Butt informs that during the anti-ban protests, Zia asked JI to rein-in its student-wing, which it eventually did. But it wasn’t easy. The wedge between JI and Zia had already been increasing so it took some coaxing by senior JI members to make IJT withdraw from the protest.
The second overriding reason behind the ban had to do with the steady decline of student activism around the world. Student politics and activism had witnessed a peak globally in the 1960s. But this peak had begun receding from the mid-1970s onward. In his 2010 book, Blood & Rage, Michael Burleigh wrote that one of the reasons behind the rise of student activism in the 1960s was that a large number of middle and lower-middle-class men and women had begun to enroll in colleges and universities after the end of Second World War.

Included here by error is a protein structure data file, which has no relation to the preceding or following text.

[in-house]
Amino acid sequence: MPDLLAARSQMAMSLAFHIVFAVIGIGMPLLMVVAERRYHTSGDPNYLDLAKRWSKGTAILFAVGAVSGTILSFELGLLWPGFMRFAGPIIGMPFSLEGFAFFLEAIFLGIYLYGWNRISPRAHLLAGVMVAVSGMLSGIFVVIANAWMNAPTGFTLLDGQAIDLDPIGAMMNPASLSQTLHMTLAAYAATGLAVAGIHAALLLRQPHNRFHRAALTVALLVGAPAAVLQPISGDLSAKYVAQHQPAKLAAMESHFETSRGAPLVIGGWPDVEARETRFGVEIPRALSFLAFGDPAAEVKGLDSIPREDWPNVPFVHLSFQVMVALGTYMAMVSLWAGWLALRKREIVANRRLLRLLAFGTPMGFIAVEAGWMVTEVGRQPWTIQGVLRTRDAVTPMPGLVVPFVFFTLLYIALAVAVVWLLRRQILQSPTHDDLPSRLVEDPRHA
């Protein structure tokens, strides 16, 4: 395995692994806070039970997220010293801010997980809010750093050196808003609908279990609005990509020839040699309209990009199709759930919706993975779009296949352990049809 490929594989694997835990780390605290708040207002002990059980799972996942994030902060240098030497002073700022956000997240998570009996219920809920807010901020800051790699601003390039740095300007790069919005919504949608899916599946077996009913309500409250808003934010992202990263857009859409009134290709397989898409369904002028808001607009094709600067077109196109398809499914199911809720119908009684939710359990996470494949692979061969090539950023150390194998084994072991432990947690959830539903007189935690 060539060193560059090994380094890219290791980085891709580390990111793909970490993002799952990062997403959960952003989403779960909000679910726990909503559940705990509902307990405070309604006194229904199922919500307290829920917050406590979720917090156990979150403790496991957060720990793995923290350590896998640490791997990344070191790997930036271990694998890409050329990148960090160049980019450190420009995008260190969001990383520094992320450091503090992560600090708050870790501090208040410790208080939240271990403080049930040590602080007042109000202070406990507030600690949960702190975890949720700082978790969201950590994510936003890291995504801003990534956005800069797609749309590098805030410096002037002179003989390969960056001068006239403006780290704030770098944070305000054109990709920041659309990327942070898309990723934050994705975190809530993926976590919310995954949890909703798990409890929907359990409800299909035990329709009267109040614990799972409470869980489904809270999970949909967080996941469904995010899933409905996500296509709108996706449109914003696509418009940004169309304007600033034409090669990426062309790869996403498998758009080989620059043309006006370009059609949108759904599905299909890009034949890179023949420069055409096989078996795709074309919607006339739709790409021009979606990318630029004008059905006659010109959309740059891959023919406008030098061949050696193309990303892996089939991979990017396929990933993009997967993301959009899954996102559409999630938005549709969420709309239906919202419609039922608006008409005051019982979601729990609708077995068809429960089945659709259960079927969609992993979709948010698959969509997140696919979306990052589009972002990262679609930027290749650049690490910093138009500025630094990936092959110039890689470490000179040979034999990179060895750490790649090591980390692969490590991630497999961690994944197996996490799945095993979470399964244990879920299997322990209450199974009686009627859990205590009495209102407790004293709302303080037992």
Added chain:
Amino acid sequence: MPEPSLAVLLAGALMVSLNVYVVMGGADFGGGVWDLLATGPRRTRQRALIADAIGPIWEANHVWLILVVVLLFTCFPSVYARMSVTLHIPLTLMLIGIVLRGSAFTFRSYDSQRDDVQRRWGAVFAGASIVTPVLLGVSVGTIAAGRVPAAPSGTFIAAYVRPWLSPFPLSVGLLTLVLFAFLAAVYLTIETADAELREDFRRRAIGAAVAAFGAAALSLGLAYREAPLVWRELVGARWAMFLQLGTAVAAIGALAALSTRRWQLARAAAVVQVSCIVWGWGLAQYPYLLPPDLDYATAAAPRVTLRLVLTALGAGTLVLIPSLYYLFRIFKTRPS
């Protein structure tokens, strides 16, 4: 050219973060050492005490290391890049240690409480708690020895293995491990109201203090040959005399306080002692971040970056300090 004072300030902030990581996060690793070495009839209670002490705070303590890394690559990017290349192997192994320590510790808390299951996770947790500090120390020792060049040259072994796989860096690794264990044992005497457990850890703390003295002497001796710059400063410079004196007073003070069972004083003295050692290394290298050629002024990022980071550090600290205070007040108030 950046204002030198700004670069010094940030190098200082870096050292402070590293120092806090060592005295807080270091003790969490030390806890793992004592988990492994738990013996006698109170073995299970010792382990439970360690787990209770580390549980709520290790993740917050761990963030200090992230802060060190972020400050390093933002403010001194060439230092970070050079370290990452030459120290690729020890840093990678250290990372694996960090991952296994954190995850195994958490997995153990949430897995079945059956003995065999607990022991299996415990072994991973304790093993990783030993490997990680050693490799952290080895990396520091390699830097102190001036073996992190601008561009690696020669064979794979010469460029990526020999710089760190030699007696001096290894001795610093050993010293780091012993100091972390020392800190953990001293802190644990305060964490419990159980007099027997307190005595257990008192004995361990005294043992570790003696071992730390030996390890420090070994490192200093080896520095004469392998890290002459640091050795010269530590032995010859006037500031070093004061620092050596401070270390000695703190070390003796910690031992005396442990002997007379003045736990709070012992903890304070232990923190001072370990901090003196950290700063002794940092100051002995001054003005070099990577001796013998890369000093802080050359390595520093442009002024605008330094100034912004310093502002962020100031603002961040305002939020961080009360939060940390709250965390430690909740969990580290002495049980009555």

According to Burleigh, even though most European countries, the United States and many new post-colonial realms in Asia and Africa enjoyed economic booms of one kind or the other after the War (especially in the 1960s), their colleges and universities were not able to accommodate such a large influx of new students. This created numerous logistical and administrative problems and left the students feeling disgruntled and angry.
In 1950, a group of students at Karachi’s Dow Medical College formed an outfit which was to work as a pressure group to persuade the government to improve the conditions of Pakistan’s colleges and universities. The outfit called itself the Democratic Students Federation (DSF).
Burleigh wrote that many students channeled this anger and feelings of disaffection through radical political ideologies, mainly those of the left. Take for instance the first major exhibition of student activism in Pakistan. The many infrastructural and logistical problems the newly formed country faced after its inception in August 1947 were also reflected in the state of the universities and colleges that Pakistan inherited.